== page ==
Japan boosts intervention war chest

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Japan sold 4.51 trillion yen for dollars to weaken its currency in August

A bank teller counts 10,000 yen (118 USD) bank notes in Tokyo. Japan's finance minister has said the government will secure an additional 15 trillion yen in funds for currency market intervention, as it looks to boost its ability to tame the yen

Japan's finance minister said on Friday the government will secure an additional 15 trillion yen in funds for currency market intervention, as it looks to boost its ability to tame the yen.

Jun Azumi added that the finance ministry will require currency traders to report daily their trading positions for another three months beyond the end of September in an effort to deter speculative moves.

Japan will boost the size of its intervention funds by 15 trillion yen ($195.79 billion) to "flexibly" respond to the yen's upward trend, Azumi said, adding that its current strength threatened Japan's recovery.

Azumi said the government will make necessary arrangements to raise intervention funds under the planned third extra budget for fiscal 2011.

The move would lift the accumulated total amount the government is allowed to borrow from the market to finance intervention to 165 trillion yen.

This means it would be able to raise an additional 46 trillion yen in the future if necessary because it has already used up 119 trillion of the total.

In August, the ministry and the Bank of Japan intervened in the market, selling 4.51 trillion yen for dollars in a bid to weaken the Japanese unit.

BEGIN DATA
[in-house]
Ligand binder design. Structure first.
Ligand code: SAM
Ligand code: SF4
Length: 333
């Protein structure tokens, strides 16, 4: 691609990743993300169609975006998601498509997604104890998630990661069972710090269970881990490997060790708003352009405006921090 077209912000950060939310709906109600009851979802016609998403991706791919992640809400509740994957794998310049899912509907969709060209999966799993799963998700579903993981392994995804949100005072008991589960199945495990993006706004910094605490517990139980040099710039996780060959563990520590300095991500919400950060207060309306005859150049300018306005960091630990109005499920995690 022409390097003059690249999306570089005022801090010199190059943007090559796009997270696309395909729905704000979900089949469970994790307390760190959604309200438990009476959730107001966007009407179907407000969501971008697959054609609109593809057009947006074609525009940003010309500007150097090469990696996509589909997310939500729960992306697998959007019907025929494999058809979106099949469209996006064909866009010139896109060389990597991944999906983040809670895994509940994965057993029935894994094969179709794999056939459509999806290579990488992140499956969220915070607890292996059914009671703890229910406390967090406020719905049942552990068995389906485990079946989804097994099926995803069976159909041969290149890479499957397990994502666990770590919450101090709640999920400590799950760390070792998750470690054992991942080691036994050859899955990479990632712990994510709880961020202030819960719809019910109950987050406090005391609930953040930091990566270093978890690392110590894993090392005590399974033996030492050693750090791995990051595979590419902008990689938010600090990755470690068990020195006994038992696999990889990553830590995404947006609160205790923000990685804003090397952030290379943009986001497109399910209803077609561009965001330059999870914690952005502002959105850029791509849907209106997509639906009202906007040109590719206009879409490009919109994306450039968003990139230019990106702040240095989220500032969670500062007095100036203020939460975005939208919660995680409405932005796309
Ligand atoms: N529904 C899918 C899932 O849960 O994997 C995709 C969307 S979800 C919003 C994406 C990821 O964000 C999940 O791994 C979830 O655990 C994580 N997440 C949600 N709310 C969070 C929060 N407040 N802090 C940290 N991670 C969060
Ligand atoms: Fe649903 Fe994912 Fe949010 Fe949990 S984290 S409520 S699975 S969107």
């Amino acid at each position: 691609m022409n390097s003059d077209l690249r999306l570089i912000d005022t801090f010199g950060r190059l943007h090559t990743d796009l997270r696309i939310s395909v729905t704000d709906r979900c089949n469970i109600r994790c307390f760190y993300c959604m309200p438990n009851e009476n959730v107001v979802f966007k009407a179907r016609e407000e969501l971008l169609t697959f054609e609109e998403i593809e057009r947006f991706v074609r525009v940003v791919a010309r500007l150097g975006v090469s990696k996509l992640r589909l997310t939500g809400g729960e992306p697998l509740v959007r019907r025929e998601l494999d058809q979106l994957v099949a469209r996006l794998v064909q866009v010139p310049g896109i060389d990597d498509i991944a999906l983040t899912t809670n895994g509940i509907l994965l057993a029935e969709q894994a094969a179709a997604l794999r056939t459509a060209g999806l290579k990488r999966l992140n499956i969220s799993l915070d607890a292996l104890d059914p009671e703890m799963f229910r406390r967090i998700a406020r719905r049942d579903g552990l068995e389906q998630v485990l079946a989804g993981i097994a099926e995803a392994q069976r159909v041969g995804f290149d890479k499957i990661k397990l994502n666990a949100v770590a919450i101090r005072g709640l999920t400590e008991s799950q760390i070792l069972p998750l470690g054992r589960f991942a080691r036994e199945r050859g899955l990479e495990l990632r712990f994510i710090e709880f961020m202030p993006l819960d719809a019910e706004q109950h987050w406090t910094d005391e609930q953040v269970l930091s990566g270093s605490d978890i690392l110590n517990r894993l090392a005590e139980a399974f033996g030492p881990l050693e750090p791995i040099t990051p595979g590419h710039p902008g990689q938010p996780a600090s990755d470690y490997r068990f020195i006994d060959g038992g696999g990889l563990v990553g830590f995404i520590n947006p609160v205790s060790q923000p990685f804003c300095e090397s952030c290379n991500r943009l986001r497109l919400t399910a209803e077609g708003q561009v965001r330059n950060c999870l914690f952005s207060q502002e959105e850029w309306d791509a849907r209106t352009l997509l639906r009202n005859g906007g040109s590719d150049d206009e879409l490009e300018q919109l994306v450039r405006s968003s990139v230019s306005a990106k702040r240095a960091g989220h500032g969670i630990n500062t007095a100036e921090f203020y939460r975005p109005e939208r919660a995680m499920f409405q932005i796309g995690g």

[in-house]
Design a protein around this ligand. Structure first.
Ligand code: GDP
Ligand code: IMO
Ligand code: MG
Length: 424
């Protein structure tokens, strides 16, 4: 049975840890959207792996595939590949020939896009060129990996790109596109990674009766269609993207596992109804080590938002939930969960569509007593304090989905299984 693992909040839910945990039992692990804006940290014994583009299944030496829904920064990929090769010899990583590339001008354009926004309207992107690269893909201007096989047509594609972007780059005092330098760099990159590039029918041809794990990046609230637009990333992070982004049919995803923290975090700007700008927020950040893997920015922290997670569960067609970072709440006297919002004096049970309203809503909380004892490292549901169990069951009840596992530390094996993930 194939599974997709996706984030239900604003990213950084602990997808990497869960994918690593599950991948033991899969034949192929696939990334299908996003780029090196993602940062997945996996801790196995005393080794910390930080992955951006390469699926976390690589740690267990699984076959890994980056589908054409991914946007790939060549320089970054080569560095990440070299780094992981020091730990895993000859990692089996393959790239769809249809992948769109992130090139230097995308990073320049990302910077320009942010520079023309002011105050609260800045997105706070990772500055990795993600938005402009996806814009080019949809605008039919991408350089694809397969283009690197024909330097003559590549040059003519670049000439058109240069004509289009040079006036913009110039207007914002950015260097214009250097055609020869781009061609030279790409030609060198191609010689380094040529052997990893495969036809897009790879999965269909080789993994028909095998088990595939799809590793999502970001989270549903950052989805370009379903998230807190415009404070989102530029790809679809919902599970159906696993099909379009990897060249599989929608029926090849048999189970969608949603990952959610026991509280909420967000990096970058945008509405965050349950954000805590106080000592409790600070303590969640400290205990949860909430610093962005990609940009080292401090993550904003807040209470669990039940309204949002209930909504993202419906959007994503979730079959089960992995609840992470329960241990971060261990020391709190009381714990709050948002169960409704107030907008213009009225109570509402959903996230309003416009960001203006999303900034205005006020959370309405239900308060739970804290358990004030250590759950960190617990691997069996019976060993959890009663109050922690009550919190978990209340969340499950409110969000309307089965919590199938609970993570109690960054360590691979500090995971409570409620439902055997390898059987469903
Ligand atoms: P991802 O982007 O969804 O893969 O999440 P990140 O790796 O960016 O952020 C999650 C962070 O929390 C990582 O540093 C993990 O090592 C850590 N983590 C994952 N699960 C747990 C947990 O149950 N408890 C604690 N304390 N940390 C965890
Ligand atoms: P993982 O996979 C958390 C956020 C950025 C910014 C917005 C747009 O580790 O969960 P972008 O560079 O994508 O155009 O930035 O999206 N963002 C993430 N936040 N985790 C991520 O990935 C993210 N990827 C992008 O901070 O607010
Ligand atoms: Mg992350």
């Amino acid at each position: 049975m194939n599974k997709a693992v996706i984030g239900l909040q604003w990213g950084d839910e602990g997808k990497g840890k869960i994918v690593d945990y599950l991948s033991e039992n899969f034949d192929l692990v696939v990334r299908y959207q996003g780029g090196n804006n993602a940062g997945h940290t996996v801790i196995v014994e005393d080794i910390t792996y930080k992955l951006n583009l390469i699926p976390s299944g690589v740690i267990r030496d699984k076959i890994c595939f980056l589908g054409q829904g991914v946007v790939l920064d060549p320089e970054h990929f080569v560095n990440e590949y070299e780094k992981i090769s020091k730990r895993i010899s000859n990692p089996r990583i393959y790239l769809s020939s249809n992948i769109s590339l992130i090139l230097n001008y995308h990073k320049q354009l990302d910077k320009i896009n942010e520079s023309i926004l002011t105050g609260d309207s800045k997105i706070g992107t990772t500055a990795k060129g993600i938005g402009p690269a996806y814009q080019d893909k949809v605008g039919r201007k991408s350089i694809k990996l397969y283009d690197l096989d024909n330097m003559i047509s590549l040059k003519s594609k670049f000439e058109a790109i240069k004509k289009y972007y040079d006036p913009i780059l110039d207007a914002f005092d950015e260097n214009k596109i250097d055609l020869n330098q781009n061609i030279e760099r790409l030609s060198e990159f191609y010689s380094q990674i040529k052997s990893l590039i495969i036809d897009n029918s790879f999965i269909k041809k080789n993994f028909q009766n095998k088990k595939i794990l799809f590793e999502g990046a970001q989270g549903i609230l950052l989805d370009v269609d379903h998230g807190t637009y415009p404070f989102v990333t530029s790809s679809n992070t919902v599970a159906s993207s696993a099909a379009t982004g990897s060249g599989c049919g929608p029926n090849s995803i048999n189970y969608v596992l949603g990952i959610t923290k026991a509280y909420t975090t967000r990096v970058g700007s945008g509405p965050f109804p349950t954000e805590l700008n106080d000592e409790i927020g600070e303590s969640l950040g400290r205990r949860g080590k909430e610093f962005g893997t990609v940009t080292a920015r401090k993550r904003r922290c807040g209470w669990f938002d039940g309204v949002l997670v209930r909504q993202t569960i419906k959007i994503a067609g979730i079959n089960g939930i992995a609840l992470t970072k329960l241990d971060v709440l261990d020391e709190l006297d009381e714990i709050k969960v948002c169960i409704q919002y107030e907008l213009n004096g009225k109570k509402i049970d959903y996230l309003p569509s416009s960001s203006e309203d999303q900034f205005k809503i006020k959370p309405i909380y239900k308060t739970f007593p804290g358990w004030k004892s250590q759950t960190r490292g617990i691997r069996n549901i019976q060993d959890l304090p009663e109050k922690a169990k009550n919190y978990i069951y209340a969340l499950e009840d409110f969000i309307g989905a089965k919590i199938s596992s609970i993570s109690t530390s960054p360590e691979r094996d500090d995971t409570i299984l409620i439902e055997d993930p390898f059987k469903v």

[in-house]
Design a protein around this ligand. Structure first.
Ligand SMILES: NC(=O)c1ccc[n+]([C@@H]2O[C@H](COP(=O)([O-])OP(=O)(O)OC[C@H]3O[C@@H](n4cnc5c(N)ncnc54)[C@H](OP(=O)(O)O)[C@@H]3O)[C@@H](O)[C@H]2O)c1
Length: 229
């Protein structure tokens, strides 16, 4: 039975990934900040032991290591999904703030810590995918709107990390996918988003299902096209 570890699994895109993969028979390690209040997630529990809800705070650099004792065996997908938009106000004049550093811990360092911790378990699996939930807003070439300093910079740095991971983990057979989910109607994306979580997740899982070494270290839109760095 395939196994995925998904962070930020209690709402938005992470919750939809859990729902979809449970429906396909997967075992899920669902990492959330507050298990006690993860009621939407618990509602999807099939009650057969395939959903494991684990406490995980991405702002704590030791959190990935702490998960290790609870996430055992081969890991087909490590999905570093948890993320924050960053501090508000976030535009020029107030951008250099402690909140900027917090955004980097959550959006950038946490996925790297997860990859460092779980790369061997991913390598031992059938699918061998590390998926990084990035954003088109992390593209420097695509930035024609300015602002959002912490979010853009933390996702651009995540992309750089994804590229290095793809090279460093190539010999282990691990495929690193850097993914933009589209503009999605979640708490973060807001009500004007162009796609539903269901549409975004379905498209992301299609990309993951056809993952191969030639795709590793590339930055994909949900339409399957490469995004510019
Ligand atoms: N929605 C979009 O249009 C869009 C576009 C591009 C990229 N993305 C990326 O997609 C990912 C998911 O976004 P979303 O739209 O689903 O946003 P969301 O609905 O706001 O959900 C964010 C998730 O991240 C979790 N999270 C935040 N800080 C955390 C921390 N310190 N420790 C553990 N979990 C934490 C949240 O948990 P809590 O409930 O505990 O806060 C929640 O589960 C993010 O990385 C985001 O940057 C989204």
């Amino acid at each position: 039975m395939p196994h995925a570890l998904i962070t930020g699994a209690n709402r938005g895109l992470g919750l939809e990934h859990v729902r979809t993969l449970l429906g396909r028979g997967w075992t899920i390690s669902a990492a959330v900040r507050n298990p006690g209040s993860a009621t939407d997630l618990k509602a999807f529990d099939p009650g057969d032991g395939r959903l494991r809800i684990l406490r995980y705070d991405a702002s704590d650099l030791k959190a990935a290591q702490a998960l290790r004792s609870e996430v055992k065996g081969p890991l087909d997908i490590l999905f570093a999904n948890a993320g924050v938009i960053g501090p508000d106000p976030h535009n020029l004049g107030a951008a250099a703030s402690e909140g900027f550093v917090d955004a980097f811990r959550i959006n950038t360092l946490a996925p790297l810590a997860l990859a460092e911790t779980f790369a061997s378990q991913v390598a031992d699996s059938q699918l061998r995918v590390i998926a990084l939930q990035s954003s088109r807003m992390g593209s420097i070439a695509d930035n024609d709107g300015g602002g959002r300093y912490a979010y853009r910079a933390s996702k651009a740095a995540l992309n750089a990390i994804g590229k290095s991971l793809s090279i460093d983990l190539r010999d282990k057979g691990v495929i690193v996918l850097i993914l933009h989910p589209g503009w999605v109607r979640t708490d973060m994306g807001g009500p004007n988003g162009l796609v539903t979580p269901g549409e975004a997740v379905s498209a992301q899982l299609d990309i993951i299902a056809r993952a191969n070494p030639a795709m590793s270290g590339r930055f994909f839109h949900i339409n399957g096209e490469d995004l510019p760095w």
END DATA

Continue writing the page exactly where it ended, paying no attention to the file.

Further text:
But the move, as with previous interventions in September 2010 and in March with the support of the Group of Seven nations, failed to deter the yen's rise to a postwar high of 75.95 against the US dollar and a ten-year high versus the euro.

The safe-haven unit's surge has come as investors move into the currency to escape global market turmoil due to eurozone debt worries and a slowdown in the US economy, limiting the ability of Tokyo to tame it.

The strength of the unit has raised fears of a "hollowing out" of Japanese industry as manufacturers, seeing repatriated profits eroded, shift more production overseas in search of cheaper labour costs.

While the yen's strength also makes foreign purchases more attractive for companies wishing to expand overseas, it threatens to impede Japan's recovery from the impact of the March 11 earthquake and tsunami, which devastated the northeast of the country and left 20,000 dead or missing.

Data Friday showed Japan's industrial output rose by a less than expected 0.8 percent in August, amid concerns over the yen and slowing global demand.

Demand for the yen from Japanese exporters at the end of the first fiscal half pushed the unit higher against the dollar on Friday, with the greenback retreating to 76.54 yen from 76.79 yen in New York late Thursday.